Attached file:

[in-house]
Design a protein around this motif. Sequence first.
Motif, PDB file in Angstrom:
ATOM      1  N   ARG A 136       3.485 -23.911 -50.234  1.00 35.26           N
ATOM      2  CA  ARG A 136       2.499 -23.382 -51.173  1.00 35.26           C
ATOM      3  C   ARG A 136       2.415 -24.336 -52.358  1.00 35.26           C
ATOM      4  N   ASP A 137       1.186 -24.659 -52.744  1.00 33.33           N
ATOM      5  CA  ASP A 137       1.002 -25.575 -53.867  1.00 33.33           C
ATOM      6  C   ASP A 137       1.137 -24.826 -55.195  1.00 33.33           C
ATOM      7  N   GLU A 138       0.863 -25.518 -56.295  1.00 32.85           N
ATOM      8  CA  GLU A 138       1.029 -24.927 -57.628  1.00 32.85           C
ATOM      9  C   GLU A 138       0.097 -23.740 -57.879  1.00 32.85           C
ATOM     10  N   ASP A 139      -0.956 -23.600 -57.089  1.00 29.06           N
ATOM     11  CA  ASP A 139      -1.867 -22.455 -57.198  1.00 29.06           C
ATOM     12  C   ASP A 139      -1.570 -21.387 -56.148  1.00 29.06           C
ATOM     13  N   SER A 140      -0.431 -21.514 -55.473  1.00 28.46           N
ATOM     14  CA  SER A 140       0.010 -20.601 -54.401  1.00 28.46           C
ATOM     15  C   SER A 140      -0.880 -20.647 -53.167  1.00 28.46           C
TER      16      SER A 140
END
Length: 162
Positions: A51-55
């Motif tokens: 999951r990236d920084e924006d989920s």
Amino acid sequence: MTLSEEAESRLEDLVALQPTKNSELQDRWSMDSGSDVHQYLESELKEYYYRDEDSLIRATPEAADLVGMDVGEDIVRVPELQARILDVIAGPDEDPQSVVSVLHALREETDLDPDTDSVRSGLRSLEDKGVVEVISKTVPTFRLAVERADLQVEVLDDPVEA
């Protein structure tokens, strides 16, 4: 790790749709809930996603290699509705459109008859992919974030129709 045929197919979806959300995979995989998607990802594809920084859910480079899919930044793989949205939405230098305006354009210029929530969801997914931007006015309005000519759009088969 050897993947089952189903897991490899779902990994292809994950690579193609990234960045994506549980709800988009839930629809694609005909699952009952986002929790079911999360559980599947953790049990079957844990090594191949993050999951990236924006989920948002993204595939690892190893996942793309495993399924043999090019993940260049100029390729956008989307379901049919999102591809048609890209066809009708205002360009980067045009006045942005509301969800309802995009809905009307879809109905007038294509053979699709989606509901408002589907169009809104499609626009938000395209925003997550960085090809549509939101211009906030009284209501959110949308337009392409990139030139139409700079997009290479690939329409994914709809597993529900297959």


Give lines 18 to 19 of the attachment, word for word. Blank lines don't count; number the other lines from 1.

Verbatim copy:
ATOM     15  C   SER A 140      -0.880 -20.647 -53.167  1.00 28.46           C
TER      16      SER A 140